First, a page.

“This is a very controversial and sensitive issue and on these matters I have never sought to divide Australians on this. … I don’t find that debate one that tends to unite Australians and I certainly am not going to engage in the political elements of that discussion, because frankly I don’t think it is good for our country.”
As can be seen, Morrison opposed Labor’s abortion proposal on grounds that the issue apparently is too divisive. In his attempt to take the highest moral ground he ended up conveying the message that avoiding controversy is a higher good than stopping the killing of unborn children.
Another aspect of the Prime Minister’s behaviour is his notorious disregard for individual rights. Of course, a Christian worldview understands that the Creator has endowed us with fundamental rights and freedoms. For us Christians such basic rights do not originate with human government but with God Himself, who ordains governments to secure their protection by the law. Accordingly, government was instituted by God to protect our unalienable rights from our own arbitrary tendencies and political tyranny.8
While Christian teaching emphasises that each person has worth and responsibility before God, our Prime Minister appears to believe that ultimate salvation can be achieved only via an all-powerful state. His first instincts are always authoritarian. For instance, he wants the vaccine against coronavirus to be as mandatory as possible.9
“I expect that it would be mandatory as you can possibly make it,” adding that he is “talking about a pandemic which has destroyed the global economy”.10
First of all, what has destroyed our economy is the appalling behaviour of illiberal leaders such as Morrison himself. There were far better and more efficient ways to fight this virus apart from draconian restrictions, bans and gross violations of the rule of law. The Prime Minister appears to ignore that Australia is a country in which the federal government has been constitutionally designed to be subject to the rule of law.11 The Morrison government has no more powers than those explicitly granted by the Australian Constitution.12
We are supposedly living in a free and democratic society. It is quite extraordinary that a supposed democratic leader attempts to coerce citizens to do things they might not want to do. Instead of using the power of State to command his “subjects” to do whatever he might want, the Prime Minister should learn that true leaders do not use their legal authority to primarily impose things but instead to persuade and convince their fellow citizens to do what is right.
Take also the Prime Minister’s notorious disregard for freedom of speech. When Israel Folau faced serious Rugby Union’s banishment for merely posting a “controversial” statement from the Bible on his Facebook page, Morrison’s first reaction was to condemn the rugby player. He said of Folau’s Instagram comments:
“I thought they were terribly insensitive and obviously that is a matter for the ARU and they’ve taken that decision.”13
Here you have a “Christian” Prime Minister literally throwing a fellow believer under the metaphorical bus — joining the lynch mob against a brother in Christ who dares to exercise free speech by manifesting his opinion.
This was not the first time he had done such a thing.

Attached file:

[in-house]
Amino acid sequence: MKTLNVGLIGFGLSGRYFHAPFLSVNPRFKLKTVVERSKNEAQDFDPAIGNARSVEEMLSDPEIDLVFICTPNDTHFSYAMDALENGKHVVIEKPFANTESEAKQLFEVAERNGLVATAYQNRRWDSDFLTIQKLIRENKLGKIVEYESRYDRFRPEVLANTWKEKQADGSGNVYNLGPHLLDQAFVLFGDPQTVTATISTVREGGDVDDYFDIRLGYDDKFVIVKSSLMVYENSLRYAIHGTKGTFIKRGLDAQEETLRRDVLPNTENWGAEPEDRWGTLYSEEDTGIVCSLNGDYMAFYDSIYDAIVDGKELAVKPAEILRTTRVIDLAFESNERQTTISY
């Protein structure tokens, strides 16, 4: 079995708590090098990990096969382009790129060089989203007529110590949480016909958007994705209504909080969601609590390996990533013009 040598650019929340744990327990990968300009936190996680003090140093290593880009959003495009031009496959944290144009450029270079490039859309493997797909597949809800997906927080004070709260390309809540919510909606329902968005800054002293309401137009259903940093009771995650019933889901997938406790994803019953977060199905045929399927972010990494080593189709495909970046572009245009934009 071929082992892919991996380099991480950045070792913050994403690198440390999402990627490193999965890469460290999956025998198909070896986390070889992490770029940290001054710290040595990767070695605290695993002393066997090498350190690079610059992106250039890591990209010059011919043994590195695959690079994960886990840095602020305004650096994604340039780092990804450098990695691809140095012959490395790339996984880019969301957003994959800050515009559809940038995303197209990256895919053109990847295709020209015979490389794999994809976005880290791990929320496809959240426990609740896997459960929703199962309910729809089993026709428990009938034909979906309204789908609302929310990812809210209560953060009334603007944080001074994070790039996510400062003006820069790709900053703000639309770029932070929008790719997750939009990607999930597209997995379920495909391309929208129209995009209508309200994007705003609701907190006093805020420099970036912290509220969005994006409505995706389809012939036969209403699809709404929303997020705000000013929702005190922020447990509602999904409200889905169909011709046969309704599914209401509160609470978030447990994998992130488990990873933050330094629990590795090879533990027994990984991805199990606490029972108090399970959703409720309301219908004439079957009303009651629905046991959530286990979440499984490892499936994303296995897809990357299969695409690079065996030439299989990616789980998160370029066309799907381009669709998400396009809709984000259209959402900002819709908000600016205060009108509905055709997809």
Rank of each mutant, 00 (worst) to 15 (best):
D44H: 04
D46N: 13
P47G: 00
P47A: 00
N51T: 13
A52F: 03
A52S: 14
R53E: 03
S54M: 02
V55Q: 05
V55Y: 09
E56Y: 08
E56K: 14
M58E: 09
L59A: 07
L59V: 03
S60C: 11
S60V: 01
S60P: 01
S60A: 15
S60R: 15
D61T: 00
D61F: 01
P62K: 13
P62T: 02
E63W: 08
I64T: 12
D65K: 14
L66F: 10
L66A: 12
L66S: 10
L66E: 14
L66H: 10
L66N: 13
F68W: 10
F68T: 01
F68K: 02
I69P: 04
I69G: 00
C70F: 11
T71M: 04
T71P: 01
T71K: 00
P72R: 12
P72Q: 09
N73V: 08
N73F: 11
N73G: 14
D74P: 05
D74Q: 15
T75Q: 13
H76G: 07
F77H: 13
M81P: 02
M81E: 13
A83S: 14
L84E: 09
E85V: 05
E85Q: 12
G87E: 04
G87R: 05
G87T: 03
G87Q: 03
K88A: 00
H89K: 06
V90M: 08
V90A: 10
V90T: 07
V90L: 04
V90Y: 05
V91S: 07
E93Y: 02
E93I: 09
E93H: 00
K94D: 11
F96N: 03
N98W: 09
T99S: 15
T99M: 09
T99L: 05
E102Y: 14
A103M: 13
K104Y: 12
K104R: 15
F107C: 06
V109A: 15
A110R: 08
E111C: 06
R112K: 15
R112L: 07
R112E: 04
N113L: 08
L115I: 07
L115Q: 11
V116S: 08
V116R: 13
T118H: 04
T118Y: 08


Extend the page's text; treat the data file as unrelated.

In April 2019, Victorian Liberals forced two Christian candidates to resign over so-called “homophobic” and “Islamophobic” comments. Peter Killin, Liberal candidate for Wills, was forced to resign after calling a certain Liberal MP a “notorious homosexual”14. Jeremy Hearn, Liberal candidate for Isaacs, was also forced to resign over comments about the threat of radical Islam that were made online.
Instead of defending the right of Liberal candidates to express these opinions, speaking to journalists Morrison went on his way to warn the party to avoid candidates expressing these conservative views by “improving” its internal vetting procedures.
“For the Liberal Party in this day and age when there is social media, multiple posting, that represents new challenges in the vetting of candidates.”
Here you have a “Christian” politician who appears to have little regard for freedom of speech and freedom of religion. As a Christian myself, I would seriously question the Christian maturity of anyone who supports the above actions. As for the Folau affair, for example, Morrison decided to not stand for the basic rights of a fellow believer. And what does it tell us about his commitment to basic human rights if he cannot even take a strong stance for a fellow believer needing rescue from imminent death?
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Dr Augusto Zimmermann PhD, LLM, LLB, DipEd, CertIntArb is co-editor of the book Fundamental Rights in the Age of Covid-19. He is Professor and Head of Law at Sheridan Institute of Higher Education in Perth/WA, and Professor of Law (Adjunct) at the University of Notre Dame Australia, Sydney campus. He is President of the Western Australian Legal Theory Association (WALTA), and former Law Reform Commissioner with the Law Reform Commission of Western Australia, from 2012-2017. Dr Zimmermann was chair and professor of Constitutional Law at Murdoch University from 2007 to 2017.
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- Morgan Begg and Kristen Pereira, ‘Legal Rights Audit 2019’, Institute of Public Affairs, Melbourne/Vic, February 2020, p 1.
- Nicola Berkovic, ‘Coalition Worse than ALP on Human Rights’, The Australian, 6 February 2020.
- Olivia Caisley, ‘South Africa violence: Julie Bishop refuses to back Peter Dutton‘, The Australian, 18 March 2018.
- ‘Coalition urged to give persecuted Pakistani woman asylum in Australia‘, Sky News, 18 November 2018.
- Martyn Iles, ‘Australia to offer Asia Bibi asylum‘, ACL.org.au, 24 November 2018
- Genesis 9:6; Romans 13:1–7
- Richard Furgason, ‘Future Vaccine Should Be Mandatory, Says PM’, The Australian, 19 August 2020.
- Jade Gailberger, ‘Coronavirus Vaccine Should Be Mandatory: PM’, PerthNow, 19 August 2020.
- W A Wynes, Legislative, Executive and Judicial Powers in Australia (Sydney: The Law Book Co, 1955), vii.
- For instance, whereas Section 51 (xxiiiA) of the Australian Constitution allows for the granting of various services by the federal government, this should not be to the extent of authorising any form of civil conscription. This means that no government in this country, or those acting on its behalf, is constitutionally authorised to make the Australian people take any medicament against their best will, or force children to be vaccinated in order to maintain benefit payments.